This method does not explain (hands on the line)

 

2.ES6 Object.assign
var obj = {
  name: 'a',
  job: 'b'
}
var copyObj = Object.assign({}, obj);
copyObj.name = 'c';
console.log(obj);   // {name: "a", job: "b"}
console.log(copyObj);  // {name: "c", job: "b"}

Object.assign: used for the merging of objects, copying all enumerable properties of the source object (source) to the target object (target), and returning the merged target

Usage: Object.assign(target, source1, source2); So copyObj = Object.assign({}, obj); This code will copy the first level attribute in obj to {}, and then return it to the assignment. To copyObj

 

3.ES6 extension operator:

The extension operator (…) is used to fetch all traversable properties of the parameter object and copy it into the current object.

But for multi-level nested objects, unfortunately, the above three methods will fail:

var obj = {
   name: {
      firstName: 'a',
      lastName: 'b'
   },
   job: 'c'
}
 
var copyObj = Object.assign({}, obj)
copyObj.name.lastName = 'd';
console.log(obj.name.lastName); 
console.log(copyObj.name.lastName);

 

2, copy all levels

Is there a more powerful solution? Enable us to

 

1. Not only copy the first level, but also the values ​​of all levels of the array or object.

 

2. Not for arrays or objects alone, but for objects that are common to arrays, objects, and other complex JSON forms

please look below:

The following trick can be described as “a fresh trick, eat all over the sky”

 

1.JSON.parse(JSON.stringify(XXXX))
var array = [
    { number: 1 },
    { number: 2 },
    { number: 3 }
];
var copyArray = JSON.parse(JSON.stringify(array))
copyArray[0].number = 100;
console.log(array); //  [{number: 1}, { number: 2 }, { number: 3 }]
console.log(copyArray); // [{number: 100}, { number: 2 }, { number: 3 }]

 

 

 

Simple and rude! ! !

Is it easy to use?

Um? What do you say? You said that the above method is too brainless. Do you have to write a recursion before you have the feeling of doing technology? OK to fulfill you!

 

2. Manually write recursion
var array = [
   { number: 1 },
   { number: 2 },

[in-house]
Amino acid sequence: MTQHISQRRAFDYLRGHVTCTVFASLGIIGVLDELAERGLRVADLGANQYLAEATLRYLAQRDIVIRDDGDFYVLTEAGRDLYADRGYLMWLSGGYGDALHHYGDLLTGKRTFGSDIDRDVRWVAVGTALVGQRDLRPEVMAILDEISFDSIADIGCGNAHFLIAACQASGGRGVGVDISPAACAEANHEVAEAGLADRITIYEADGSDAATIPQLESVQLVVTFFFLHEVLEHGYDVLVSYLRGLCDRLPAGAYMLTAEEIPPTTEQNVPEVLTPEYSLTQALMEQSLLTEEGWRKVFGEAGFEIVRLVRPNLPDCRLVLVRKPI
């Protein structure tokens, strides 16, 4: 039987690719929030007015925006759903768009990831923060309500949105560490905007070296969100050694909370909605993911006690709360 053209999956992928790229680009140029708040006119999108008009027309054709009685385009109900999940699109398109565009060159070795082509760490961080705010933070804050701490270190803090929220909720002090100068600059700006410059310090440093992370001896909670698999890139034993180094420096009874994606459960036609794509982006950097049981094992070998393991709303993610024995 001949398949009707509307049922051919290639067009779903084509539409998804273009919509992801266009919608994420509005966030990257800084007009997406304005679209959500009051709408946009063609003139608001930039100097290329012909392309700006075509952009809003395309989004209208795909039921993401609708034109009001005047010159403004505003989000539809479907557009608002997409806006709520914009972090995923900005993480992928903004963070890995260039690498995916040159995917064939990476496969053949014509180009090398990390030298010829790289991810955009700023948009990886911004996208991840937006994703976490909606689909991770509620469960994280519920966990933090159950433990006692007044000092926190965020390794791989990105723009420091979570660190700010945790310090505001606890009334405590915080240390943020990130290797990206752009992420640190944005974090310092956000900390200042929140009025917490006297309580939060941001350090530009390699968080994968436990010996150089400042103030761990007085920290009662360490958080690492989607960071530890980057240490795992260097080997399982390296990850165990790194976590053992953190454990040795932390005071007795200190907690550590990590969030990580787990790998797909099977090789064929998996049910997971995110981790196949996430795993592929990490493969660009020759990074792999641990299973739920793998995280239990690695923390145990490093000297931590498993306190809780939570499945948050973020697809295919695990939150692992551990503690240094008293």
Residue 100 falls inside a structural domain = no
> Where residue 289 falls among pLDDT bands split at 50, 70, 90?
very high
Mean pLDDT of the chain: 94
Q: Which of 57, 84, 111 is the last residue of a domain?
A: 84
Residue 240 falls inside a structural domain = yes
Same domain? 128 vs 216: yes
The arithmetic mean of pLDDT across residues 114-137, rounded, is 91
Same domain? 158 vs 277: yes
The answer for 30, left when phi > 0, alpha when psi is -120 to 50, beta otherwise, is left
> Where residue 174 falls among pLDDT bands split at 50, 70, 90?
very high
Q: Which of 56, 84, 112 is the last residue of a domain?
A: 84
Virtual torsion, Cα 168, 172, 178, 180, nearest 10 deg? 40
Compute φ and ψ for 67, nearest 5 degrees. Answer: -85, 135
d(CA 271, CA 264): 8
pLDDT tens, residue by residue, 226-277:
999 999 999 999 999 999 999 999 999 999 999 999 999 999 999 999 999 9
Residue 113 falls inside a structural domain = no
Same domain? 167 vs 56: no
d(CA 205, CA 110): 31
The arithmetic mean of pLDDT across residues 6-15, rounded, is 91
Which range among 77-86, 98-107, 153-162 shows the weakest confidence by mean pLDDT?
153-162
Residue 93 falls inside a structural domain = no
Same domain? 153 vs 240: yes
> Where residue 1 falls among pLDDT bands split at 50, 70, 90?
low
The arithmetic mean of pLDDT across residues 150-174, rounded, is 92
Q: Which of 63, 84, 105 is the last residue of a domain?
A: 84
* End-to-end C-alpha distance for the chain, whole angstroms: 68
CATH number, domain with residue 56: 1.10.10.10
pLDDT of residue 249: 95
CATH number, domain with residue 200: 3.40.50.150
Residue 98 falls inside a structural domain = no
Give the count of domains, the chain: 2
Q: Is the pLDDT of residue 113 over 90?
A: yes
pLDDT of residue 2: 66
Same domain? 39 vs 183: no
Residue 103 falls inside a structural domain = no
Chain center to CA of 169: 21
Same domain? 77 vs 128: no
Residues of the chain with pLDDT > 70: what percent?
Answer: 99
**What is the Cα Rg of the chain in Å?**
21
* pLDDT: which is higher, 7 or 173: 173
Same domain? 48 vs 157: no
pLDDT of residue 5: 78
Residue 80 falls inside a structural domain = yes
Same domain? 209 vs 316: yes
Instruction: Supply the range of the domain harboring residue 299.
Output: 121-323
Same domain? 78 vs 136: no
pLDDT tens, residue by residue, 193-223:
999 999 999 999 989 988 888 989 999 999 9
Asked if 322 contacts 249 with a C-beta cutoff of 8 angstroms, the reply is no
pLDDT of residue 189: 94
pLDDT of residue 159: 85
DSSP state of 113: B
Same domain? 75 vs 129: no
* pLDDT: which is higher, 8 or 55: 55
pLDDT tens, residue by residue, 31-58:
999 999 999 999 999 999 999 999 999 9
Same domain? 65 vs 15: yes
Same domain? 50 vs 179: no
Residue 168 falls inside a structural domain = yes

{ number: 3 }
];
function copy (obj) {
        var newobj = obj.constructor === Array ? [] : {};
        if(typeof obj !== 'object'){
            return;
        }
        for(var i in obj){
           newobj[i] = typeof obj[i] === 'object' ?
           copy(obj[i]) : obj[i];
        }
        return newobj
}
var copyArray = copy(array)
copyArray[0].number = 100;
console.log(array); //  [{number: 1}, { number: 2 }, { number: 3 }]
console.log(copyArray); // [{number: 100}, { number: 2 }, { number: 3 }]

 

[Note]: All the above examples ignore some special cases: special types of copies of functions, regular expressions, etc. in objects/arrays

 

3, there are a lot of deep copy requirements code – immutable provides solutions

In fact, even if we know how to make deep copies in various situations, we still face some problems: Deep copy is actually very performance consuming. (We may just want to change one of the elements in the new array without affecting the original array, but it is forced to copy the entire original array again. Isn’t that a waste?) So, when there are a lot of items in your project When deep copying demand, performance may form a bottleneck of constraints.

 

The role of immutable:

Implemented by a set of APIs introduced by immutable:

 

1. When changing a new array (object), do not change the original array (object)

 

2. Significantly reduce performance consumption in a large number of deep copy operations

Sneak peek:

const { Map } = require('immutable')
const map1 = Map({ a: 1, b: 2, c: 3 })
const map2 = map1.set('b', 50)
map1.get('b') // 2
map2.get('b') // 50
Reference materials:

1.MDN javascript array API
https://developer.mozilla.org/en-US/docs/Web/JavaScript/Reference/Global_Objects/Array

Orignal link:https://blog.csdn.net/wyp1725726792/article/details/102756183